On Mentoring: “You are giving, and you are being poured into as well.” 

Meet Shanice Douglas, Managing Director of Boston


Shanice Douglas headshot.“I am aligning with my purpose.”

Shanice Douglas (she/her) has always felt called to the importance of nonprofit and justice work. “It is truly impactful and empowering to work in my community, knowing that the work I am involved in directly benefits those around me.”

Growing up and working in the Boston area, Shanice spent many years in youth advocacy before shifting into prevention work and curating trauma-informed spaces, and most recently served with REACH Beyond Domestic Violence and Roxbury Youthworks, Inc. She has spearheaded and managed programs, developed life-skills curriculum, and provided direct service, all while remaining focused on supporting and empowering youth to use their voice, celebrate their identities, and utilize the skills they have learned to build a healthy sense of self-esteem and independence. 

Settling into her tenure as Strong Women, Strong Girls’ (SWSG) new Managing Director of Boston, Shanice’s vision for program participants is clear: “We need to support youth in showing up as their most authentic selves. SWSG is providing incredible role models and opportunities for girls to start to develop what they feel their life’s purpose is.” 

SWSG’s position in Boston: “We are ready to soar!”

Shanice is excited to be part of SWSG’s national alignment and expansion. Focusing on Boston and the greater metropolitan area, Shanice is learning about the profound contribution that SWSG has already made in the community, and believes the organization can increase its visibility and have a seat at the table in many areas: youth development, education, prevention work, and resources for under-resourced and marginalized communities.

That seat includes in corporate spaces as well, and Shanice is collaborating with others for ways to introduce SWSG into more professional women’s leadership networks. Additionally, SWSG needs to foster its own network of Strong Leaders (professional women who mentor SWSG college participants) to meet, connect, and invite their friends and colleagues to join the organization, noting, “The Strong Leaders Network is also a network to build and connect amongst themselves.”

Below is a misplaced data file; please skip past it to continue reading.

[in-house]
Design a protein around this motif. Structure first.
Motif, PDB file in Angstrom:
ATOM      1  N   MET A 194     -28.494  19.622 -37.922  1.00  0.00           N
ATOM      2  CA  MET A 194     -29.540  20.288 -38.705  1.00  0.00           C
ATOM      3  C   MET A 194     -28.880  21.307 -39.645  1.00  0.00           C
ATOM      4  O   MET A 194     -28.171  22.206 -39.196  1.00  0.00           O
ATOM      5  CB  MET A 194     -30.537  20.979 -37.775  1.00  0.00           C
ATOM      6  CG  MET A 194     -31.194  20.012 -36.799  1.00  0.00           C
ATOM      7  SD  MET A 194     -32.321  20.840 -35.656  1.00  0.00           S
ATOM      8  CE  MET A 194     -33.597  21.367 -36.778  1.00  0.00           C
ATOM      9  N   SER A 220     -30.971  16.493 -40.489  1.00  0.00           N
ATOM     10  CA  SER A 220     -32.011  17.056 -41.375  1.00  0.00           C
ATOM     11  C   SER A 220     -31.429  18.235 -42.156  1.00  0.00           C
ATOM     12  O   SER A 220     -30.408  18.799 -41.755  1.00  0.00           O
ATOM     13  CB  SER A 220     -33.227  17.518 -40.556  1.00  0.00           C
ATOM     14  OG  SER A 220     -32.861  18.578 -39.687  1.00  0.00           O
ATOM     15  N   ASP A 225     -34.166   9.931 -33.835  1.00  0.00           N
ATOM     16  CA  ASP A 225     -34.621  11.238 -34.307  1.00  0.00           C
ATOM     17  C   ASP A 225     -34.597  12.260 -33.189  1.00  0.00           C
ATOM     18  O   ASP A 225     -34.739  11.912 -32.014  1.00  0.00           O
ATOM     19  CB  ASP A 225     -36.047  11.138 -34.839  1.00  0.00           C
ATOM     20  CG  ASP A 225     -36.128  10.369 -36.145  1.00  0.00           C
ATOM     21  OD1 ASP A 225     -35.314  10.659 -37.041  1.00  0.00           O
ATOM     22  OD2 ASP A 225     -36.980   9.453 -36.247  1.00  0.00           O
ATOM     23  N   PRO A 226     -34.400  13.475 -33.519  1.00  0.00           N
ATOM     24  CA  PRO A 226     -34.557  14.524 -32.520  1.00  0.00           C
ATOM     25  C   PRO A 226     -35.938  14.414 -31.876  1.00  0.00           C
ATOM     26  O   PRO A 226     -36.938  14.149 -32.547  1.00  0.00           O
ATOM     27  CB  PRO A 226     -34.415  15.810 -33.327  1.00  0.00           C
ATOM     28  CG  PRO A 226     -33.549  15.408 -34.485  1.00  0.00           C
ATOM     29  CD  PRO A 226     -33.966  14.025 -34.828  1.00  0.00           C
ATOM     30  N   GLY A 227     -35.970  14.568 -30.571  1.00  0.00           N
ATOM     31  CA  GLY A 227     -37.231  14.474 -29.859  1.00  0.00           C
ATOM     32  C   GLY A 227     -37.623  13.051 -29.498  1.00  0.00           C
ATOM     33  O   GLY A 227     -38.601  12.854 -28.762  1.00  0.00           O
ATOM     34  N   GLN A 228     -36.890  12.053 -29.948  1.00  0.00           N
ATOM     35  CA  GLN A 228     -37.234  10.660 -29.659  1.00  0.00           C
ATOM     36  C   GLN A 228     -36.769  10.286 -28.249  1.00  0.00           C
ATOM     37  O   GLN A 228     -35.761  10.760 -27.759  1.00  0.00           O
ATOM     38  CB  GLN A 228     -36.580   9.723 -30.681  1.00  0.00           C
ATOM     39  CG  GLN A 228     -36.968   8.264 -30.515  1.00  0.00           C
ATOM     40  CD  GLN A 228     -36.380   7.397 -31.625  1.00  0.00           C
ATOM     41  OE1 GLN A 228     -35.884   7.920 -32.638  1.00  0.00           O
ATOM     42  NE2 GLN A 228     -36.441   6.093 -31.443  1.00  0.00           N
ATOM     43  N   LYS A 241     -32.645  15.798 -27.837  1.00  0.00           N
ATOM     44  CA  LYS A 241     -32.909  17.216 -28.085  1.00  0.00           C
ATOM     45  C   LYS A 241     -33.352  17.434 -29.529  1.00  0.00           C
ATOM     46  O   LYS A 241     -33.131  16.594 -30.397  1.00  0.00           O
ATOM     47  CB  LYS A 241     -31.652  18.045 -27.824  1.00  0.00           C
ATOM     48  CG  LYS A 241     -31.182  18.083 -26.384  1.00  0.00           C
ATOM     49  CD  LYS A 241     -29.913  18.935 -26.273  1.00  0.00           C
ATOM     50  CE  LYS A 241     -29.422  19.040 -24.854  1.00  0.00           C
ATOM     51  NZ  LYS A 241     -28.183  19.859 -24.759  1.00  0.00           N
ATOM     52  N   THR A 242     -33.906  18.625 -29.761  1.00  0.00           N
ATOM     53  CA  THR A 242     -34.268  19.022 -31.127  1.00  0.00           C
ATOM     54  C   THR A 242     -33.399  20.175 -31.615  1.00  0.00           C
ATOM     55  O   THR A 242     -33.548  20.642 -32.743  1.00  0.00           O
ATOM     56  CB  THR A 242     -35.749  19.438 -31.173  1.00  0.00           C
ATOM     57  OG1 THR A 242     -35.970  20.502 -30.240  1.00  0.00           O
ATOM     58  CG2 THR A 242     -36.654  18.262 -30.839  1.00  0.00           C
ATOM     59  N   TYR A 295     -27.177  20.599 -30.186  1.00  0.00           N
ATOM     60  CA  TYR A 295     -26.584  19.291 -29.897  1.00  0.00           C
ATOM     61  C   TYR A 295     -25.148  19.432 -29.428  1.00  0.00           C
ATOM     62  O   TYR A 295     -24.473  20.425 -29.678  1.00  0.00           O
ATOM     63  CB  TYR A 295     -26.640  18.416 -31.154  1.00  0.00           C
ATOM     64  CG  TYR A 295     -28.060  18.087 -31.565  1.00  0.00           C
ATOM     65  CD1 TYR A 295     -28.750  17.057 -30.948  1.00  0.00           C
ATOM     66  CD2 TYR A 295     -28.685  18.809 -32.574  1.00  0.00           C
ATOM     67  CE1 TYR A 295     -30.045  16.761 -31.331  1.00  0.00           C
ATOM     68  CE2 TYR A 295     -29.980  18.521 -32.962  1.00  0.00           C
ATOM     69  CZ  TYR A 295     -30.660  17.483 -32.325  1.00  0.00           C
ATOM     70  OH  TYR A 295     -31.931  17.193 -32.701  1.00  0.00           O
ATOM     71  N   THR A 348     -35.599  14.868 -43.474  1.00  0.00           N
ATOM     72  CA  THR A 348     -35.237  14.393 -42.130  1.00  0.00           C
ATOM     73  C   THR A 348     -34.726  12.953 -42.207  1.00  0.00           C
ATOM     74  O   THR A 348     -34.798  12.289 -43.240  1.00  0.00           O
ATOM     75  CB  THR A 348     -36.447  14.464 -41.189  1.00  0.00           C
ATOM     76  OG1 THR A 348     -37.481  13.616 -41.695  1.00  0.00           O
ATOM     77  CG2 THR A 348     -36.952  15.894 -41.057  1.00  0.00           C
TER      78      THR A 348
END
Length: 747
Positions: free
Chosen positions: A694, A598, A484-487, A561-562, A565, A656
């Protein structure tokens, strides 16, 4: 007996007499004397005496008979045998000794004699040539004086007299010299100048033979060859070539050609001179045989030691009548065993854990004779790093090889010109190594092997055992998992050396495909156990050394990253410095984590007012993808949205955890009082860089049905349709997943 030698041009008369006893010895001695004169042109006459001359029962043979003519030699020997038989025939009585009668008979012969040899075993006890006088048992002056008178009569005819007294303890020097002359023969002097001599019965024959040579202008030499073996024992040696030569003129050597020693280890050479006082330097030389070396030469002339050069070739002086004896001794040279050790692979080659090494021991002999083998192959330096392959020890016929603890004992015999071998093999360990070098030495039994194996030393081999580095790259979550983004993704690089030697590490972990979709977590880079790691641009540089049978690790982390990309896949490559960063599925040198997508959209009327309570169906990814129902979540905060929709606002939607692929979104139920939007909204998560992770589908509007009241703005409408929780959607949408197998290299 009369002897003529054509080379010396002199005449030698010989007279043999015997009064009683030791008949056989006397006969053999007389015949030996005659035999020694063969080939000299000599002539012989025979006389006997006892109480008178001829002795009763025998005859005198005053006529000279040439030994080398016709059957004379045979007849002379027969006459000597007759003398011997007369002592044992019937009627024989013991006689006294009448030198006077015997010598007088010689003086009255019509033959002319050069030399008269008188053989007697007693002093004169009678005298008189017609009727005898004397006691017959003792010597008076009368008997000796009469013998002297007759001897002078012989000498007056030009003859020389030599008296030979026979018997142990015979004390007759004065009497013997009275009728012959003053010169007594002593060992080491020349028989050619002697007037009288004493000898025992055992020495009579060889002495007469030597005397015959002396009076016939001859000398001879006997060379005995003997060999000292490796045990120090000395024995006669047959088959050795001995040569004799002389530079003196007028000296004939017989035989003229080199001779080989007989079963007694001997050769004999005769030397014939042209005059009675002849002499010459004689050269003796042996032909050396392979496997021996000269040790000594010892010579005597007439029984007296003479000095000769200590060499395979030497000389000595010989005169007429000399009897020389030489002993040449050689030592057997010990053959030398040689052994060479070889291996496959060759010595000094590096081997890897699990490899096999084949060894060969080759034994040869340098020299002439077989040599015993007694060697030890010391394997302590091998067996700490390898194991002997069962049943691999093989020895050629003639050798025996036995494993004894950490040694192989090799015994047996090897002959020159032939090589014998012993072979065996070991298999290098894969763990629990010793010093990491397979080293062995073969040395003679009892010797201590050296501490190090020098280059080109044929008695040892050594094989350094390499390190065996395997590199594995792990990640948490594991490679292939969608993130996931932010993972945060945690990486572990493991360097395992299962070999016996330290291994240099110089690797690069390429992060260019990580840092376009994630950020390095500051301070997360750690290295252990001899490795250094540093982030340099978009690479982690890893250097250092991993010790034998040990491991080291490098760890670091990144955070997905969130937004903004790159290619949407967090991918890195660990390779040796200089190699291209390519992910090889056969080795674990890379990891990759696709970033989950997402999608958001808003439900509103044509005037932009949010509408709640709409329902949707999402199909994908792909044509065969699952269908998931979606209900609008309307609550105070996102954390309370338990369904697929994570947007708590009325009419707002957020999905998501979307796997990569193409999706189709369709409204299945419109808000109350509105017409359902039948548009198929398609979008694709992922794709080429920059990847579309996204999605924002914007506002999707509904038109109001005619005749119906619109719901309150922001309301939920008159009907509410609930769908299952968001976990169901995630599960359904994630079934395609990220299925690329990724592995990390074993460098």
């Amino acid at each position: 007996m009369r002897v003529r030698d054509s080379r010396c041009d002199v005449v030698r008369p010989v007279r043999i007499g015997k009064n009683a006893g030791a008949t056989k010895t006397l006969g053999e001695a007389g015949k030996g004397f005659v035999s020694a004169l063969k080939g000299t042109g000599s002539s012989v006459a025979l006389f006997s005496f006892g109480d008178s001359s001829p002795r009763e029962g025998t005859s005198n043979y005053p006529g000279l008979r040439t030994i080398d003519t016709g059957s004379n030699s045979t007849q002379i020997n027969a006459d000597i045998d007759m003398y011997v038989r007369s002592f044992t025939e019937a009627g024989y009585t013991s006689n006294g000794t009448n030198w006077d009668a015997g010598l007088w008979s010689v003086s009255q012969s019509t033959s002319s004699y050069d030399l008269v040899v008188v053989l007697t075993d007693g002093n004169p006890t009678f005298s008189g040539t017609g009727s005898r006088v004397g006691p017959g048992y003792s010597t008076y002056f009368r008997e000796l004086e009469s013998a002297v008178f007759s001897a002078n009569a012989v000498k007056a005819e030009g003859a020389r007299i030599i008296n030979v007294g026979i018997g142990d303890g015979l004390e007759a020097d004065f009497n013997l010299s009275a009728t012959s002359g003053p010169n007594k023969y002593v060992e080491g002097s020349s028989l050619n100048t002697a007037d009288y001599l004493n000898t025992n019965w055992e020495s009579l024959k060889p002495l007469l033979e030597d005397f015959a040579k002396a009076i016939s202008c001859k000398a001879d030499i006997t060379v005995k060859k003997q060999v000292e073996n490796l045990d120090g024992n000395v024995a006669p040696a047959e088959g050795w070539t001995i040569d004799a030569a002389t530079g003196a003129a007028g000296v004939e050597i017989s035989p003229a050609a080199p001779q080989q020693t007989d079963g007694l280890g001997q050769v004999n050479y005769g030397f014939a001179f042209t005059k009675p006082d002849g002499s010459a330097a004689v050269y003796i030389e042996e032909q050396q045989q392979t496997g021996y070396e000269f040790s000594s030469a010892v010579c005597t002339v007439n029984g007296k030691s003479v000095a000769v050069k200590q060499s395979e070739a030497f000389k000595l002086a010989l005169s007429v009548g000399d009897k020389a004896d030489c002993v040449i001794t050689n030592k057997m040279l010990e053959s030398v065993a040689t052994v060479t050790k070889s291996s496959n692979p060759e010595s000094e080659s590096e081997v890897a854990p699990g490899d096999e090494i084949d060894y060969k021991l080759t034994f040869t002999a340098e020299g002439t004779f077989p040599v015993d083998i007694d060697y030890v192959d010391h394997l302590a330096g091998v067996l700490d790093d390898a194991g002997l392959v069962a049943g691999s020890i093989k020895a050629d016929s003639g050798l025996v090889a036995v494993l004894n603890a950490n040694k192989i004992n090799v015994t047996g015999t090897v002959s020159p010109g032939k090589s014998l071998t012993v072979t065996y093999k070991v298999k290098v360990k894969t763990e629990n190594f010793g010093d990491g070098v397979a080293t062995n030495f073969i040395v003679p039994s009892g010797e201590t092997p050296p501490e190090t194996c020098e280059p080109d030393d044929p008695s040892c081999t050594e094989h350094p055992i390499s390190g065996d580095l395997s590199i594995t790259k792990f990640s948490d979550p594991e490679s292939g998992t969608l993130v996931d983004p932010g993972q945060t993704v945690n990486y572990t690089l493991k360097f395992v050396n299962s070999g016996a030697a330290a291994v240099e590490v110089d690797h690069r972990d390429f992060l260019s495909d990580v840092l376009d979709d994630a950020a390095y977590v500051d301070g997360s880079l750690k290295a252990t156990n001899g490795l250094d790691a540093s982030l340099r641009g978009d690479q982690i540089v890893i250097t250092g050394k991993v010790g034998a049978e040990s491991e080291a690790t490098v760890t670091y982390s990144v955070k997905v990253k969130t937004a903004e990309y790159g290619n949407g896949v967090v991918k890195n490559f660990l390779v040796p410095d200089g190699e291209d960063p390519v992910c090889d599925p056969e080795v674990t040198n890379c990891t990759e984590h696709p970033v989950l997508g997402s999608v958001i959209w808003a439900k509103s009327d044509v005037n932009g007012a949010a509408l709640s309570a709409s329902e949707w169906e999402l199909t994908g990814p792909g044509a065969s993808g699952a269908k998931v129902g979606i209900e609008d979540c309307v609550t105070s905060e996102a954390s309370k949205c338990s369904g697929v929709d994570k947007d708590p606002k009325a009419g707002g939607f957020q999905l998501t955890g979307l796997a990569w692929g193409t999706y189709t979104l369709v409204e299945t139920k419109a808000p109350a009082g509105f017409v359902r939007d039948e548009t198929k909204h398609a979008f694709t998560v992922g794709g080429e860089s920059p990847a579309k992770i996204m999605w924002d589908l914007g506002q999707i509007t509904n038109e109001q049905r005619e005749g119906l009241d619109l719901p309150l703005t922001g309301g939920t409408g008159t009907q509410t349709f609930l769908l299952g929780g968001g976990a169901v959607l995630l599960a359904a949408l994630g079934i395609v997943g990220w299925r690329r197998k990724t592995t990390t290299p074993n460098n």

And, as a small nonprofit organization with ambitious goals, she knows it’s not just the leadership team driving the agenda; all staff have significant roles to play, with many holding dual roles in different areas. With her deep programming experience, she’s looking forward to shifting into development, fundraising, and stewardship as well as leaning into her professional network for support and connections. 

Grounded in the work

For Shanice, what’s essential for doing youth advocacy and prevention work is creating balance for herself. To remain grounded, she practices meditation to ensure she’s creating space and time to center her mental health, noting, “Second-hand trauma is real.”

SWSG’s afterschool programming is led by its volunteer mentors from local college chapters, serving grade school age girls from mostly under-resourced communities and reflecting different countries of origin, backgrounds, and languages. In addition to curriculum teaching, Shanice is committed to providing SWSG’s college mentors with training about prevention and trauma-informed care as well as expanding the DEIJ lens to include a greater understanding of privileges, experiences, and identities. 

“Young women and gender expansive youth experience a drop in confidence in their teenage years, we want to build a sense of self as well as a sense of community.” 

Essential for both the girl mentees and college women mentors is the evolving language and landscape of gender as a personal experience. Shanice is eager to reflect and respond to all SWSG participants, and create an environment where non-binary and transgender youth are equally welcomed and included. 

“Our understanding of gender identity has expanded. Our gender experience is our personal experience, and we want to honor and celebrate that for everyone.”

On Mentoring

The receiving side: Over the course of her schooling and professional career, Shanice has had many powerful mentoring experiences. Identifying as an Afro-Latina, she grew up in Boston, first in Dorchester and then in nearby Charlestown, both neighborhoods where she experienced racism and was concerned about her safety because of her identity. Her perspective about others, and who could support her journey, started to change when she was paired with a white woman from New Hampshire through the Big Sister program; their friendship blossomed and they are still in a supportive relationship today, a value Shanice reflects on, “Not everyone who looks like her is a monolith.”  

The giving side: One of Shanice’s memorable experiences as a mentor was for a young woman who was dealing with severe anxiety and depression and was diagnosed with PTSD. Initially, in social situations she was uncomfortable talking with others. Slowly, and after a year together, they were out in the community, visiting local businesses, practicing self-care, even leaving affirmations for others on hiking trails. Shanice was thrilled to see the girl’s self-confidence flourish: “She did so fabulously that she went from a behavioral health school to a vocational high school. She got a full ride to college, now she owns her own business. She is absolutely thriving!” 

And, it was through this experience that Shanice found a trick for success, for both of them: “We showed up for each other. I learned so much about myself as a mentor. You are giving, and you are being poured into as well.” 


Read SWSG’s announcement welcoming Shanice to her role as Managing Director of Boston by clicking here